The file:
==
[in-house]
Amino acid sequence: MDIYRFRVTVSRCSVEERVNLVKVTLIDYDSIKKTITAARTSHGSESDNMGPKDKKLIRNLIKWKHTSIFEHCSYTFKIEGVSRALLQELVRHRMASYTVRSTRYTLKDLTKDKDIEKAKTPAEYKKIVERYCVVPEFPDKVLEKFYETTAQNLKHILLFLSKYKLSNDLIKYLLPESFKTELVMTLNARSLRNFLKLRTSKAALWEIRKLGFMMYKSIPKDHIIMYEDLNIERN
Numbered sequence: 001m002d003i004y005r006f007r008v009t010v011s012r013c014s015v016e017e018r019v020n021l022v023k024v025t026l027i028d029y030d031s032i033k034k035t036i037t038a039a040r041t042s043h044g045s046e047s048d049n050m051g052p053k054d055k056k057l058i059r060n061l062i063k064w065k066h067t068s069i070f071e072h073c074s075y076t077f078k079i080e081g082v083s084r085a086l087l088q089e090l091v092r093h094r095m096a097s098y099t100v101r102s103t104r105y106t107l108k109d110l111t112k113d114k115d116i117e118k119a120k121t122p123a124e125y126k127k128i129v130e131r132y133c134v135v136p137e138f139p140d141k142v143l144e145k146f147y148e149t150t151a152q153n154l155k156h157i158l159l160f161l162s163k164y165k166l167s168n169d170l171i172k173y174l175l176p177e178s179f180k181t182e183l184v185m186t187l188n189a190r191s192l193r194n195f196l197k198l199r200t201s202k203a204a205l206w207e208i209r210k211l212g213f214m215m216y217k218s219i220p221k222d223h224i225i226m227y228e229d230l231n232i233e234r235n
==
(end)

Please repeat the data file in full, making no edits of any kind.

[in-house]
Amino acid sequence: MDIYRFRVTVSRCSVEERVNLVKVTLIDYDSIKKTITAARTSHGSESDNMGPKDKKLIRNLIKWKHTSIFEHCSYTFKIEGVSRALLQELVRHRMASYTVRSTRYTLKDLTKDKDIEKAKTPAEYKKIVERYCVVPEFPDKVLEKFYETTAQNLKHILLFLSKYKLSNDLIKYLLPESFKTELVMTLNARSLRNFLKLRTSKAALWEIRKLGFMMYKSIPKDHIIMYEDLNIERN
Numbered sequence: 001m002d003i004y005r006f007r008v009t010v011s012r013c014s015v016e017e018r019v020n021l022v023k024v025t026l027i028d029y030d031s032i033k034k035t036i037t038a039a040r041t042s043h044g045s046e047s048d049n050m051g052p053k054d055k056k057l058i059r060n061l062i063k064w065k066h067t068s069i070f071e072h073c074s075y076t077f078k079i080e081g082v083s084r085a086l087l088q089e090l091v092r093h094r095m096a097s098y099t100v101r102s103t104r105y106t107l108k109d110l111t112k113d114k115d116i117e118k119a120k121t122p123a124e125y126k127k128i129v130e131r132y133c134v135v136p137e138f139p140d141k142v143l144e145k146f147y148e149t150t151a152q153n154l155k156h157i158l159l160f161l162s163k164y165k166l167s168n169d170l171i172k173y174l175l176p177e178s179f180k181t182e183l184v185m186t187l188n189a190r191s192l193r194n195f196l197k198l199r200t201s202k203a204a205l206w207e208i209r210k211l212g213f214m215m216y217k218s219i220p221k222d223h224i225i226m227y228e229d230l231n232i233e234r235n